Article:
• Andy Williams 4th Aug '13 - 8:35pm

    Even if Conference was sovereign it certainly is not representative. Conference delegates are self selecting.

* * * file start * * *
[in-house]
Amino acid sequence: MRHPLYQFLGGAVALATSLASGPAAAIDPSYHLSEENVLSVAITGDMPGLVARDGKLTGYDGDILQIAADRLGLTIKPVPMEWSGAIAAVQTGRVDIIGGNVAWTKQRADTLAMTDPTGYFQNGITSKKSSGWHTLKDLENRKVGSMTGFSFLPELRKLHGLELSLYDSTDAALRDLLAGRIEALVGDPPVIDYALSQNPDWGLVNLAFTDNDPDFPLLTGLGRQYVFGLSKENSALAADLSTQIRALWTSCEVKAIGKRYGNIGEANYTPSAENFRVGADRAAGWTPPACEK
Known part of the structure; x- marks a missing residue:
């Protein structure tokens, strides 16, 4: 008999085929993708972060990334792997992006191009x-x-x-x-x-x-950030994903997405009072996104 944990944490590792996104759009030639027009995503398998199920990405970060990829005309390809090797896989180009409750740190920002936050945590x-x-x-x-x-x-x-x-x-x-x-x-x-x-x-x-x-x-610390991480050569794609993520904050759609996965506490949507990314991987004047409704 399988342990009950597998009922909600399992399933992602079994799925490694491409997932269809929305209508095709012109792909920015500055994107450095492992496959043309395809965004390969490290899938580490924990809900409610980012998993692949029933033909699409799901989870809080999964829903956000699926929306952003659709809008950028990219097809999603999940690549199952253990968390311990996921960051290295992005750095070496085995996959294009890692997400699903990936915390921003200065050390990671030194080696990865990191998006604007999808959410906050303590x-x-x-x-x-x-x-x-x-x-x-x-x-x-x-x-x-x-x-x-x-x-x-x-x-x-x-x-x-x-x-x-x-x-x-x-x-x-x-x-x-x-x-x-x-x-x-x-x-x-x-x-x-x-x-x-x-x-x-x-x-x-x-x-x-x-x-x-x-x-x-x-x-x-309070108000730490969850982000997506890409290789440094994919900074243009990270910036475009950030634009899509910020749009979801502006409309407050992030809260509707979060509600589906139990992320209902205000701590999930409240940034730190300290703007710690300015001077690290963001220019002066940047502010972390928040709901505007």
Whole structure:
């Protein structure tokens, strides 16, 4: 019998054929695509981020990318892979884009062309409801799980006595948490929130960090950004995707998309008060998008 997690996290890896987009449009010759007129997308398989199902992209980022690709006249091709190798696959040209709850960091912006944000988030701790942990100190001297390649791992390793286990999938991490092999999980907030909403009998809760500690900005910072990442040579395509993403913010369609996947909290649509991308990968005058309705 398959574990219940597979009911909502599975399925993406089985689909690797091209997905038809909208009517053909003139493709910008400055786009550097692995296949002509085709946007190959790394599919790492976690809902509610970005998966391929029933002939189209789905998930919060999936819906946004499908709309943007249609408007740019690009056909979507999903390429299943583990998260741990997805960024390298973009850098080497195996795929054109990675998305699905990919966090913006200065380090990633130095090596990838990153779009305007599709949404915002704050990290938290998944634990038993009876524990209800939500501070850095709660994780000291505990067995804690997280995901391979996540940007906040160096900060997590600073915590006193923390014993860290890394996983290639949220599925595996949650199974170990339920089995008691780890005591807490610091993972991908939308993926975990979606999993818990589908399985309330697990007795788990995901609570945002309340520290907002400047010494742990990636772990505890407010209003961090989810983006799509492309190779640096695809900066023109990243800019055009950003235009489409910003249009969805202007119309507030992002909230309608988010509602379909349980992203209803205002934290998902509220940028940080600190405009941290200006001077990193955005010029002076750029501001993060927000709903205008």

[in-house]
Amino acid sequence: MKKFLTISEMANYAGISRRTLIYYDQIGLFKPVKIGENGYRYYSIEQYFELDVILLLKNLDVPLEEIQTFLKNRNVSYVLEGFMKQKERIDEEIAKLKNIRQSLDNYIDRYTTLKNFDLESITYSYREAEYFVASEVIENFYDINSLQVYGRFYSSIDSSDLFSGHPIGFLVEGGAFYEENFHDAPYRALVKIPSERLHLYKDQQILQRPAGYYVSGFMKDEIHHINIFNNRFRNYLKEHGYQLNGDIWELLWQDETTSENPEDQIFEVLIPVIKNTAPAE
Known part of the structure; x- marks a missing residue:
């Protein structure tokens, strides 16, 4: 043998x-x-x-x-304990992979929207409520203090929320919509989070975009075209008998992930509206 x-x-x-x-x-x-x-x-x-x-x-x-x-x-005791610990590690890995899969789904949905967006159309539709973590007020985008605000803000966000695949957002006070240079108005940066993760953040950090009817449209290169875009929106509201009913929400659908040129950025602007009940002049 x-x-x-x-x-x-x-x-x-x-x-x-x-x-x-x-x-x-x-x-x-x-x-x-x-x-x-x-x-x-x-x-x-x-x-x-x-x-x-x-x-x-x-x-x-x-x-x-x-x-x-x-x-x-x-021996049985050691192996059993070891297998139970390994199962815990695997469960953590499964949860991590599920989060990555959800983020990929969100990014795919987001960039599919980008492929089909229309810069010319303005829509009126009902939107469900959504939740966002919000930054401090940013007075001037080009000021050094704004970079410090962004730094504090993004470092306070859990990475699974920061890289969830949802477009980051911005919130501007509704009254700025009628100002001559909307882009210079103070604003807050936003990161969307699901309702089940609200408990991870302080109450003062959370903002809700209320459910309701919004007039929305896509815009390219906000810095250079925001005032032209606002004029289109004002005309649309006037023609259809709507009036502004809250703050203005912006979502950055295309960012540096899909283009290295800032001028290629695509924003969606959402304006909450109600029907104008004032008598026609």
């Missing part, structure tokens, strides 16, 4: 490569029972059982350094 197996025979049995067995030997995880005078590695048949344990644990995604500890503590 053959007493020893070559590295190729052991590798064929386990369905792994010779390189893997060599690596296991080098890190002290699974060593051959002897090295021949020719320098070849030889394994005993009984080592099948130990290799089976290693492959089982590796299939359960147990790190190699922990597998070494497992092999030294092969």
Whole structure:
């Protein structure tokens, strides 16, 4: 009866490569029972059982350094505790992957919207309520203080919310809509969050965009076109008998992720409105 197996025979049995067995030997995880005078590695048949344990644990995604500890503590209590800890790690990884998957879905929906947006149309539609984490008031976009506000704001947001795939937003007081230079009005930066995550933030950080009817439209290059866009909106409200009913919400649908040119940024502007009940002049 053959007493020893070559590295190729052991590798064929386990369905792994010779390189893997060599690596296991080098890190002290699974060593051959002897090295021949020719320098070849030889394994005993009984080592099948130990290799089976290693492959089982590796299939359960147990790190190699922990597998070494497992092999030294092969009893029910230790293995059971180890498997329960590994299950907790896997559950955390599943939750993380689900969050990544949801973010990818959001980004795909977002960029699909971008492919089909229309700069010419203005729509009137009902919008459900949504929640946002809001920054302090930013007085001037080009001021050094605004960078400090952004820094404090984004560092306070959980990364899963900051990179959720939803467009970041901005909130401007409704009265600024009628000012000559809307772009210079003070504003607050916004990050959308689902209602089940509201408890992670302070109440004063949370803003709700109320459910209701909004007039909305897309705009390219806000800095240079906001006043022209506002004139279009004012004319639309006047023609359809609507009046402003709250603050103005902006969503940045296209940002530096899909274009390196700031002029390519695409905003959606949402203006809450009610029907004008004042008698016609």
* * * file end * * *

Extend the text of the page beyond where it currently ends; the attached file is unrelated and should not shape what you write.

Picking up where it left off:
• I disagree with OMOV for members of most of our committees. Firstly our elections to our committees are democratic. Secondly if Conference makes policy then the members of conference should elect the Policy Committee. If people don’t go to conference why should they vote for the Conference Committee? The Federal Executive Committee has people elected to it in a number of ways, some via the state parties, some by all the membership, some by councillors, some by members of parliament, and the majority by Conference reps and they are elected by people who have stood for election in an internal party election. However if the rules were changed so as well as no MPs, no Lord and no member of the European Parliament could be elected by the membership it might be OK. (Louise Shaw says she wouldn’t stand a chance of getting elected, if MPs, Lords, etc. could stand she and many others who are presently on these committees would not stand a chance of getting elected.) However those who are elected by conference representatives are normally those who are active at conference (and are ordinary members) because it can be very difficult to differentiate between candidates based on one side of A5. Also there would be an increase in the costs of holding these elections if every member was sent the candidate manifestos.